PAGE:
Friday, 9 March 2012

Network equipment, Protocol and Cabling

Networking hardware includes all computers, peripherals, interface cards and other equipment needed to perform data-processing and communications within the network.
A file server stands at the heart of most networks, very fast computer, large amount of RAM and storage space, a fast network interface card, network operating system software resides on this computer, along with any software applications and data files that need to be shared.
User computers that are connected to a network are called workstations.  Configured with a network interface card, networking software, and the appropriate cables, does not necessarily storage capability, files can be saved on the file server. Almost any computer can serve as a network workstation.
NETWORK HARDWARE provides the physical connection between the network and the computer workstation.  Major factor in determining the speed and performance of a network is most NICs are internal, with the card fitting into an expansion slot inside the computer. Some computers, such as Mac Classics, use external boxes which are attached to a serial port or a SCSI port. Laptop computers - built-in NIC or network cards that slip into a PCMCIA slot.
Token Ring Cards
• Token Ring network cards look similar to
Ethernet cards
• One visible difference is the type of connector on the back end of the card. Generally have a nine pin DIN type connector to attach the card to the network cable.

Protocol (communications protocol) standards that specifically address how the devices on a network communicate, for example,
– How the data is packaged for transmission
– How receiving devices acknowledge signals from sending devices,
-How errors are detected and handled.
Logical topologies are bound to network protocols and describe how data is moved across the network.
• TCP/IP and WAP for internet
• Wi-Fi for wireless networks
• Bluetooth, for short range wireless network
• Ethernet, Local Talk, Token ring for wired networks
developed by IBM in the mid-1980s.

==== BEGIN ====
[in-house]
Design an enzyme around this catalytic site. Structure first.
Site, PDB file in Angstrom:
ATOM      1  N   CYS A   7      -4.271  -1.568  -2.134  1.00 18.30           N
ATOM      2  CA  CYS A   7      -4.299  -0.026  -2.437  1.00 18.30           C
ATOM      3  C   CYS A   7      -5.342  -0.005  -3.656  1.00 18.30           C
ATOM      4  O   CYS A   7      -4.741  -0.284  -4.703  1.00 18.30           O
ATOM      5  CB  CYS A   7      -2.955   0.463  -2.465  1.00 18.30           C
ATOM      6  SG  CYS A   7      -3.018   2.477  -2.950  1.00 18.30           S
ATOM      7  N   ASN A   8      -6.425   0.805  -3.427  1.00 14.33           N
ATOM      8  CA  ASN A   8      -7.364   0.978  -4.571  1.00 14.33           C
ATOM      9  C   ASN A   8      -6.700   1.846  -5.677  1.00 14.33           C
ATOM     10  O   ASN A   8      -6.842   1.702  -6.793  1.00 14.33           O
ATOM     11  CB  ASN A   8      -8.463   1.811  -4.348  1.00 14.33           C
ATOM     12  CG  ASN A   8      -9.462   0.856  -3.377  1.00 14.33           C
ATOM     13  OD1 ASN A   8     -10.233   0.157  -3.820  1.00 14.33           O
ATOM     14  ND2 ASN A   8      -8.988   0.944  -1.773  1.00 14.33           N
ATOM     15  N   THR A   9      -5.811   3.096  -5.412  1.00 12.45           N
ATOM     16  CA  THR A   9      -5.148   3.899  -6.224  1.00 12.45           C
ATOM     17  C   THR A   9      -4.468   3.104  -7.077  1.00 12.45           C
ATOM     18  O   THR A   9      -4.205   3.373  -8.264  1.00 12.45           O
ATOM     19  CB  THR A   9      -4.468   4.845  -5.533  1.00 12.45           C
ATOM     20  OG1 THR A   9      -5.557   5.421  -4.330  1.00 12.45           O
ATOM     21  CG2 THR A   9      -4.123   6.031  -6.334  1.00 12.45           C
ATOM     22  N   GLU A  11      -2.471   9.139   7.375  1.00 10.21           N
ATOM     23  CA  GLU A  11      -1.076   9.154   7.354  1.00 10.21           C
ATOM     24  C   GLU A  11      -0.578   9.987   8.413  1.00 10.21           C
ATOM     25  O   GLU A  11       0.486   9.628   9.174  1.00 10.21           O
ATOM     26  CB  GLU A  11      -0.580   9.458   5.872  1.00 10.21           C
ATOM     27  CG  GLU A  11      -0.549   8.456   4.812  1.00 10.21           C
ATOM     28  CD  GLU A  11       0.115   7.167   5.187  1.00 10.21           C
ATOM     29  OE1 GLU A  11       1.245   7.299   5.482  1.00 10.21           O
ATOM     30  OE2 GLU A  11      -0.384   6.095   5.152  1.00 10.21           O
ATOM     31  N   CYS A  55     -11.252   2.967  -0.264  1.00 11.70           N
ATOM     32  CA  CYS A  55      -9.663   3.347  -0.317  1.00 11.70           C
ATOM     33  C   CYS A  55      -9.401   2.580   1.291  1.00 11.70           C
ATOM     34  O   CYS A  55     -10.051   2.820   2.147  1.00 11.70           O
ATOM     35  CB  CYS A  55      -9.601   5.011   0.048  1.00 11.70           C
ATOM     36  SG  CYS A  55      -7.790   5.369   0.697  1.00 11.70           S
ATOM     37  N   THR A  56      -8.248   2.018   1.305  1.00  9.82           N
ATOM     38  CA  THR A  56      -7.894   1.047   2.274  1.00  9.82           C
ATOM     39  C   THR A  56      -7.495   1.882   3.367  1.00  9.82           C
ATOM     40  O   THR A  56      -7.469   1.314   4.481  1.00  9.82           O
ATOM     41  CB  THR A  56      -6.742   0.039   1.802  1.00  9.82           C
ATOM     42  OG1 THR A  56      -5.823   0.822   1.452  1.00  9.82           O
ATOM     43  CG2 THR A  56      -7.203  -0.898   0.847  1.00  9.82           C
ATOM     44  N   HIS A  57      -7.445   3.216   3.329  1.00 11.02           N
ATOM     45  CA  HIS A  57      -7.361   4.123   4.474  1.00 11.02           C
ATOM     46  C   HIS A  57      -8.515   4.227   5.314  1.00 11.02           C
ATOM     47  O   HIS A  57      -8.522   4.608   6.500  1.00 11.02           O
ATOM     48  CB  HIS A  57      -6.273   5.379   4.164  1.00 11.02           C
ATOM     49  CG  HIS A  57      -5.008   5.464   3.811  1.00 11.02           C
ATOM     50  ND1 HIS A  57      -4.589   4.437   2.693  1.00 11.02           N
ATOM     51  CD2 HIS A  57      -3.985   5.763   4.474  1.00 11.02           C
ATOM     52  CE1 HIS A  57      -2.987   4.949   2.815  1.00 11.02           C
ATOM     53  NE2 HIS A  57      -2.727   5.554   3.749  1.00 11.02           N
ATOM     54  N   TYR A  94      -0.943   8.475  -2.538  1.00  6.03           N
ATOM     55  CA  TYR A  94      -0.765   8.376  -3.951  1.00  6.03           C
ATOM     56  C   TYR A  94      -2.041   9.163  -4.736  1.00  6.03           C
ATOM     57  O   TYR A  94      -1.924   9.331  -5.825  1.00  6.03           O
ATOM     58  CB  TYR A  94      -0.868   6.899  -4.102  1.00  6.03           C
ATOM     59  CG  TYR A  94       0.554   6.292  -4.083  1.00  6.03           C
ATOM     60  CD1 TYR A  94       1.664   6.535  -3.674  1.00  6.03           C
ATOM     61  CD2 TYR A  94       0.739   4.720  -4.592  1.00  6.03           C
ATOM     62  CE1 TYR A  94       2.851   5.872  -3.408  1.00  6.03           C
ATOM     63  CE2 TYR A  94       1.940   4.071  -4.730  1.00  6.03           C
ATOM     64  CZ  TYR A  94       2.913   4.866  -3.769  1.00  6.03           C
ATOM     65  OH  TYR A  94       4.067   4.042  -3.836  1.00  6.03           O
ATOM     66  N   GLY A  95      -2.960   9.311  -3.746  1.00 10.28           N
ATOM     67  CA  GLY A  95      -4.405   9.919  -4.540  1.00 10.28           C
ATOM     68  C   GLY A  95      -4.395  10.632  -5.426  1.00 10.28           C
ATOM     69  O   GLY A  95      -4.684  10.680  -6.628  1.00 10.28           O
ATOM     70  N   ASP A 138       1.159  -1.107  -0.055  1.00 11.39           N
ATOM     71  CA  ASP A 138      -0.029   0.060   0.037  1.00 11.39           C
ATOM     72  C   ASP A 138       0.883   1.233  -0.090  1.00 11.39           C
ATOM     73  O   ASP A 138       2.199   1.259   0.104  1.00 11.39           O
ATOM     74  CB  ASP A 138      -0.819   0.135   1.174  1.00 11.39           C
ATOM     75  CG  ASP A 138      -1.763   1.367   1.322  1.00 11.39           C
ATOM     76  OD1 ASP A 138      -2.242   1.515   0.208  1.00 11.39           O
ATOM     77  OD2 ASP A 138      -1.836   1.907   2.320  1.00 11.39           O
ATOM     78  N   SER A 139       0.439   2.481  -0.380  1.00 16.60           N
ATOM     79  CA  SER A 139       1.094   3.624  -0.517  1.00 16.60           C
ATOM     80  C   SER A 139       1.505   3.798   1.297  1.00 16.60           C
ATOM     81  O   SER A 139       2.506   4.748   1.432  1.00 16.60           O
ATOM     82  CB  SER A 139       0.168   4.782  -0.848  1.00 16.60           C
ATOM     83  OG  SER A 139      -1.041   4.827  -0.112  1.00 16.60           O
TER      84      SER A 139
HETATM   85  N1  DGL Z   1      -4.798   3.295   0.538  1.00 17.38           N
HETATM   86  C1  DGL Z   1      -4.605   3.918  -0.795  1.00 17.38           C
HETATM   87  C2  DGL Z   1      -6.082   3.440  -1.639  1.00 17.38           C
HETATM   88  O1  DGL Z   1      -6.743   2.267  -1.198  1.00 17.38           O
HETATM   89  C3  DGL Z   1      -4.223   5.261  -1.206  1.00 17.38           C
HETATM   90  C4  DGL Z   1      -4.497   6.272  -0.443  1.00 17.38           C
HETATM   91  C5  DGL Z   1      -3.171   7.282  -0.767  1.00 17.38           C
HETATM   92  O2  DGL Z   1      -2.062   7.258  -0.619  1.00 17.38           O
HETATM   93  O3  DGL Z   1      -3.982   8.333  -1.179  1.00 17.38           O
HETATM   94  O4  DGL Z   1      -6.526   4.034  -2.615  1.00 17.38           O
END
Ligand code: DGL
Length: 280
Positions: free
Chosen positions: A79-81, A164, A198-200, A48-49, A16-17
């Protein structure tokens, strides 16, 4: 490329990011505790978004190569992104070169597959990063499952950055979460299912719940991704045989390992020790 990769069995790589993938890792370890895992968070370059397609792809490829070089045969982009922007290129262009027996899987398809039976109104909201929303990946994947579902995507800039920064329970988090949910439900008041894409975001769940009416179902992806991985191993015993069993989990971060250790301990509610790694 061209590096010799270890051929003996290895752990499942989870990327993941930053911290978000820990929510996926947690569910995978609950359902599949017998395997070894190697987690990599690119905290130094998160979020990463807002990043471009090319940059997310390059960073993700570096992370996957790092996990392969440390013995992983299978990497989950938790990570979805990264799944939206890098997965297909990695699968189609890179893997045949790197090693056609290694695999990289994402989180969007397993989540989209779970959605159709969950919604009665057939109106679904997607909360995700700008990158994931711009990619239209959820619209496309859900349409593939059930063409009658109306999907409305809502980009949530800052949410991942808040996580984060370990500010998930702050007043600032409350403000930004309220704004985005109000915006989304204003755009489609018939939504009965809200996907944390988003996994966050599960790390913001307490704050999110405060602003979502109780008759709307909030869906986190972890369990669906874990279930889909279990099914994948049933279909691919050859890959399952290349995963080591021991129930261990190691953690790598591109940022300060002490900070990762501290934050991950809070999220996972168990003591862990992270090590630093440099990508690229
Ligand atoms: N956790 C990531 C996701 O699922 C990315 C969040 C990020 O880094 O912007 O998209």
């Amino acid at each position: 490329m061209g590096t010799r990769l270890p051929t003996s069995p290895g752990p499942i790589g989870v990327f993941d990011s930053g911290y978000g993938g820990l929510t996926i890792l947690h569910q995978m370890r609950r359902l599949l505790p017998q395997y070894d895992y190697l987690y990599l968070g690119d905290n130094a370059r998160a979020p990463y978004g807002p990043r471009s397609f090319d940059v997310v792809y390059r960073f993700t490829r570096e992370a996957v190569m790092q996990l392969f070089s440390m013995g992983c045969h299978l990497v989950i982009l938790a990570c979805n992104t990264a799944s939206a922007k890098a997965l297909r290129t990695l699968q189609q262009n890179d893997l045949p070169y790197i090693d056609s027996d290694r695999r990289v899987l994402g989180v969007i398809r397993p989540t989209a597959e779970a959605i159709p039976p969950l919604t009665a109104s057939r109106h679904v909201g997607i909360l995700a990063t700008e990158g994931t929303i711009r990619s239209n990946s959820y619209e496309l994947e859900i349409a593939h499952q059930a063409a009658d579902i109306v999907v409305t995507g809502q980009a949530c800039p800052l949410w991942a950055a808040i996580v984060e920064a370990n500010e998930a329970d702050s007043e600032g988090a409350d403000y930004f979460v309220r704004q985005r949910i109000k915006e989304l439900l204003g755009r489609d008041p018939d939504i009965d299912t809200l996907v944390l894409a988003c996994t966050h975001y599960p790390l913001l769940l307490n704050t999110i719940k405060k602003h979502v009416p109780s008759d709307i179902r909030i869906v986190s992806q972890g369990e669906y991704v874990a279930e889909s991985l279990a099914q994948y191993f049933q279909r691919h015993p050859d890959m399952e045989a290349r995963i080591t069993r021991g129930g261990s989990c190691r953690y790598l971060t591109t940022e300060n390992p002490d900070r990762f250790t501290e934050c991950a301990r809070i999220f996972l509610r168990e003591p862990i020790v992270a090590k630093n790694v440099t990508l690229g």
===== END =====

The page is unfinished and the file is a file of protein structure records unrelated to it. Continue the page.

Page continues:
• access method involves token-passing.
• the computers are connected so that the signal travels around the network from one computer to another in a
Protocol : Token Ring, logical ring. A single electronic token moves around the ring from one computer to the next. If a computer does not have information to transmit, it simply passes the token on to the next workstation. If a computer wishes to transmit and receives an empty token, it attaches data to the token. The token then proceeds around the ring until it comes to the computer for which the data is meant- the data is captured by the receiving computer.
Cable is the medium through
which information usually moves
from one network device to
another .
• In some cases, a network will utilize only one type of cable, other networks will use a variety of cable types
• Several types of cable are commonly used with LANs.

The standard connector for unshielded twisted pair cabling is an RJ-45 connector. A disadvantage of UTP is that it may be susceptible to radio and electrical frequency interference.

STP is a type of cable consists of two individual wires wrapped in a foil shielding to help provide a more reliable data communication.
Shielded Twisted Pair (STP) Cable
• suitable for environments with electrical interference;
• however, the extra shielding can make the cables quite bulky.
• often used on networks using Token
Ring topology.
Software that controls a network and its message (e.g. packet) traffic and queues, controls access by multiple users to network resources such as files, and provides for certain administrative functions, including security. coordinate the activities of multiple computers, across a network,  acts as a director to keep the network running, smoothly. 10
• The two major types of network
operating systems are: :
Peer to Peer
Peer to Peerresources
– Peer-to-– Client/Server
• In a peer-to-peer network, all computers are
considered equal; they all have the same abilities
to use the resources available on the network
• allow users to share resources and files located
on their computers and to access shared
found on other computers.
• do not have a file server or a centralized management source
• designed primarily for small to medium local area networks.
• AppleShare and Windows for Workgroups are examples of programs that can function as peer to peer network operating systems.

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